This novelette was translated by Ken Liu, who also translated the Hugo Award-winning novel The Three-Body Problem.

2000 – 2009: THE LAST QUARTER OF THE MOON by Chi Zijian, 2005, Genre: Historical Fiction


This was a beautiful family saga about an ethnic group called Evenki, it is told from the perspective of the wife of the last chief in their tribe, following her story for almost 100 years. Their tribe experienced changes from traditional hunting lifestyle to modern culture lifestyle, accepted opportunities and losses, as well as glories and declines. The narrator was also changed by time and generations. The book was beautifully written, the language was poetic, the story was atmospheric and the culture was mysterious.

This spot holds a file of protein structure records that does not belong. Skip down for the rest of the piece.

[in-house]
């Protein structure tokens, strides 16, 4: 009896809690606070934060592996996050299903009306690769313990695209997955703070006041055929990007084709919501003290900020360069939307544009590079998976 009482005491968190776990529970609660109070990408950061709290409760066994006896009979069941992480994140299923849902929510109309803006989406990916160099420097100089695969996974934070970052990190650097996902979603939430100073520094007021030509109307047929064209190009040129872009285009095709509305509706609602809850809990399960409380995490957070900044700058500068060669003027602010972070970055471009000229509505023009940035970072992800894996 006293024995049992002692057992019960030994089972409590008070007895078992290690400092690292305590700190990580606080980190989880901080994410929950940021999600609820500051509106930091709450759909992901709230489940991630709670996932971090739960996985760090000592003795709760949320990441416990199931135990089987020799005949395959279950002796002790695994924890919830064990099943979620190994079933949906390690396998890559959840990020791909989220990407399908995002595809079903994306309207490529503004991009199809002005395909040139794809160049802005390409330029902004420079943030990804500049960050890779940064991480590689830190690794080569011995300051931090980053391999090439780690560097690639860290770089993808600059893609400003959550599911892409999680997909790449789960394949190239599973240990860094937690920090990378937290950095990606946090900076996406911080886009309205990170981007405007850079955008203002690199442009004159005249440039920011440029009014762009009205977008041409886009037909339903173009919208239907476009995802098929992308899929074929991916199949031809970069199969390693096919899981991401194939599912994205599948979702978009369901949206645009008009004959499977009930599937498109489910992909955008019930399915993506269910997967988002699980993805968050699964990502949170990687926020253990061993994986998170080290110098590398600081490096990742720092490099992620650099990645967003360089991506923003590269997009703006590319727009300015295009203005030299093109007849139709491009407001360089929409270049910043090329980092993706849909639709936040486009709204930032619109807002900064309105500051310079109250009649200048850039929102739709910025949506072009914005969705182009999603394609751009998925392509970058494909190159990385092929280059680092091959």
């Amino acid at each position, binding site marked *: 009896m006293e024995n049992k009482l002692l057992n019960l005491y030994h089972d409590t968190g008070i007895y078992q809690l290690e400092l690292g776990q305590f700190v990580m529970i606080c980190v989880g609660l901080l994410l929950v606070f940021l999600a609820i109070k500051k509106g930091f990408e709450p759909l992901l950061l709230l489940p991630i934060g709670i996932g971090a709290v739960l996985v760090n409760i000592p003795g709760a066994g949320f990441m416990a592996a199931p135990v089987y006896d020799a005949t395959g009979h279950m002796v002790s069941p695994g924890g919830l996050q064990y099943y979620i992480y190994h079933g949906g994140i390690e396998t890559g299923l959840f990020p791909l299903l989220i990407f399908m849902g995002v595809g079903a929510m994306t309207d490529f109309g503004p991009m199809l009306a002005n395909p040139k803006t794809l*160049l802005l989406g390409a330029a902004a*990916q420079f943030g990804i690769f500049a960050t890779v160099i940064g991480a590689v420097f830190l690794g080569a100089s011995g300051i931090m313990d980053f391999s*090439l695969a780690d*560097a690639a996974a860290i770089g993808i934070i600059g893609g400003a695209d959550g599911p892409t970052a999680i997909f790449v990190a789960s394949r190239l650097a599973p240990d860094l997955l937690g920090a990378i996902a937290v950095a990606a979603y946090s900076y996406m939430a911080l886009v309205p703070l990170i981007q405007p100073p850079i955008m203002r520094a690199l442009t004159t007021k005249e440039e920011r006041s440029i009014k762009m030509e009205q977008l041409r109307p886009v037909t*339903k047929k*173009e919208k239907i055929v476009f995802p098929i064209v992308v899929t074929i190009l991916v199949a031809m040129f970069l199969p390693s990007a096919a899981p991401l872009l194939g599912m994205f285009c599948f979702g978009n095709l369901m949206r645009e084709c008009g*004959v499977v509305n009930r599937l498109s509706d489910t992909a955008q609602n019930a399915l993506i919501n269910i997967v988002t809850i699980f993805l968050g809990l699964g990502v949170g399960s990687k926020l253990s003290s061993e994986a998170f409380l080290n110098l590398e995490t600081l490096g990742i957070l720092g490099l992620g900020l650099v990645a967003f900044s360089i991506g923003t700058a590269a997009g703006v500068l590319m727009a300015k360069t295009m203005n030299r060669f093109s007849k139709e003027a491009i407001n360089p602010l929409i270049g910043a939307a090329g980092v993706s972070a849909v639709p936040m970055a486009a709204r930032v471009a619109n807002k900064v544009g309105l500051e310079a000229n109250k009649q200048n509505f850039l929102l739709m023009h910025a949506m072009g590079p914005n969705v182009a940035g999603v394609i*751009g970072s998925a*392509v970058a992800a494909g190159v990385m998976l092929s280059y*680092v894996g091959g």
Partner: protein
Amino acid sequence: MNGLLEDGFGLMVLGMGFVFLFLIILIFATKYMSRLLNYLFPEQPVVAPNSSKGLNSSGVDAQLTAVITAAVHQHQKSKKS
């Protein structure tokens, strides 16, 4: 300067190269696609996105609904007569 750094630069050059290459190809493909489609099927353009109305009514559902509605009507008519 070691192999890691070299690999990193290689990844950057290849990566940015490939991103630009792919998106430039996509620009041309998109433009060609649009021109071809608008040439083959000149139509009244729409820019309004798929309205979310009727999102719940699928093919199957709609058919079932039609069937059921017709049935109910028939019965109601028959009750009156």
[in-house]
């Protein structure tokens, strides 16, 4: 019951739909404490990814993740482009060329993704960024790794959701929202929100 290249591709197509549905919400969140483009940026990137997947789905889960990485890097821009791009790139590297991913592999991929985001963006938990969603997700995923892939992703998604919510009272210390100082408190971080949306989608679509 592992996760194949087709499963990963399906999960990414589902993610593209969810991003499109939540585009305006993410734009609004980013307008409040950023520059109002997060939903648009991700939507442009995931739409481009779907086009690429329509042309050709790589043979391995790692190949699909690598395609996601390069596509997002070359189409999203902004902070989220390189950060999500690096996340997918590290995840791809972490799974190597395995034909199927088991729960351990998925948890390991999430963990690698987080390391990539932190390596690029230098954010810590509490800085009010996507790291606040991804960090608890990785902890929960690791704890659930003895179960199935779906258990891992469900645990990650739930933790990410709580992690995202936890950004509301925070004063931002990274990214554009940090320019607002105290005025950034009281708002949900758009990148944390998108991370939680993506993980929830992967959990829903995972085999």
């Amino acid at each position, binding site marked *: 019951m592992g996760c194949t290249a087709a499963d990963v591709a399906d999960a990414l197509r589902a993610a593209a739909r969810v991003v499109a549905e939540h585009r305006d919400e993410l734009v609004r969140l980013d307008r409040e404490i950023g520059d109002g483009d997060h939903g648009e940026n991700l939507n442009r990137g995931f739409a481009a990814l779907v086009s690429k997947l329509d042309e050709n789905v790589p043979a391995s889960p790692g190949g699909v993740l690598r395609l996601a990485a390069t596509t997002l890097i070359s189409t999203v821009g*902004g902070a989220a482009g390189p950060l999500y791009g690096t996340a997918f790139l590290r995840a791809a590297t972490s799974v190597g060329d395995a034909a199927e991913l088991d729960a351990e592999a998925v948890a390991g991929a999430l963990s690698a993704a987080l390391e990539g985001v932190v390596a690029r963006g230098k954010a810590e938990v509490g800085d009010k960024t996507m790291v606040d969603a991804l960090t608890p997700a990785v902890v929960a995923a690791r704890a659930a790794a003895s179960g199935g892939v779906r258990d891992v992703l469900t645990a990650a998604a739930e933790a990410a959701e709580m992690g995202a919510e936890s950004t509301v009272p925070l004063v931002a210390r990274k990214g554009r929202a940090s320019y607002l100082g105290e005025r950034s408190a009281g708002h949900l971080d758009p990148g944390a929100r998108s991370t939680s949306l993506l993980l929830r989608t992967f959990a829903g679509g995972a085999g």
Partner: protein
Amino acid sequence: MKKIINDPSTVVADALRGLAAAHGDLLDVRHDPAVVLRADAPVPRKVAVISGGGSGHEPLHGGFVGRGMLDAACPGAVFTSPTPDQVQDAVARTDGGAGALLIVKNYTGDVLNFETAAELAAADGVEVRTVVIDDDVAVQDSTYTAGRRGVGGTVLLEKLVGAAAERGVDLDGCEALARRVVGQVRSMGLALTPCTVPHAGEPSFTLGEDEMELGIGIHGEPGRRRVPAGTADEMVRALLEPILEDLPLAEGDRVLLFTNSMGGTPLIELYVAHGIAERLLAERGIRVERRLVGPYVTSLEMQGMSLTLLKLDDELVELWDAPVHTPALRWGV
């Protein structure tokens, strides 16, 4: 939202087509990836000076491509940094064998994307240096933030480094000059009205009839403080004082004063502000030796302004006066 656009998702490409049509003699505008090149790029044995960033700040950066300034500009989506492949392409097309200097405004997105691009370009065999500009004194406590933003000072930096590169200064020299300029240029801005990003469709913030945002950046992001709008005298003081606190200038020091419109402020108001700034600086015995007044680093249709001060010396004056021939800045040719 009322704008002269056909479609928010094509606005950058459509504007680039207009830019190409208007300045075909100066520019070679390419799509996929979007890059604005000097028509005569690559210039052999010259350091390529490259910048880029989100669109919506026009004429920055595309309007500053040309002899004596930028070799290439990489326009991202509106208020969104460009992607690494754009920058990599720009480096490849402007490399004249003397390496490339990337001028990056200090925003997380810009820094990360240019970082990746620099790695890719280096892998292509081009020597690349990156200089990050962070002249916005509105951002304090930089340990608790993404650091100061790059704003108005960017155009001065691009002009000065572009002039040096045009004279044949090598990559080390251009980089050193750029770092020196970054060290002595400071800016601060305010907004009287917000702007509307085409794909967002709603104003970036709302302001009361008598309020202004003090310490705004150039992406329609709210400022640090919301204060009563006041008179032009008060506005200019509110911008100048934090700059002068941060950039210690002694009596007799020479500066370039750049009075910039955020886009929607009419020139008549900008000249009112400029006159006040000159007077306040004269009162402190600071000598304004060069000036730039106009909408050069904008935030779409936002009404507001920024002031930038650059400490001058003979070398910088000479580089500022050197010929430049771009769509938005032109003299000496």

This novel won the Maodun Literary Prize in 2008. (One of the most important literary prizes in China)


1990 – 1999: TO LIVE by Yu Hua, 1993. Genre: Literary Fiction


To Live discussed the meaning of life with the story of Fugui. Fugui was born in a wealthy family but lost all his fortune by gambling. After that, his life seemed to be a tragedy, his family suffered from the consequences of poverty, he himself had a difficult time living. Whenever there was a warm moment in life, it would be destroyed in the next second.

This book was written when the author was facing some life difficulties, it was a reflection of the author’s life and his attitude towards life.




1980 – 1989 RED SORGHUM by Mo Yan, 1986, Genre: Historical Fiction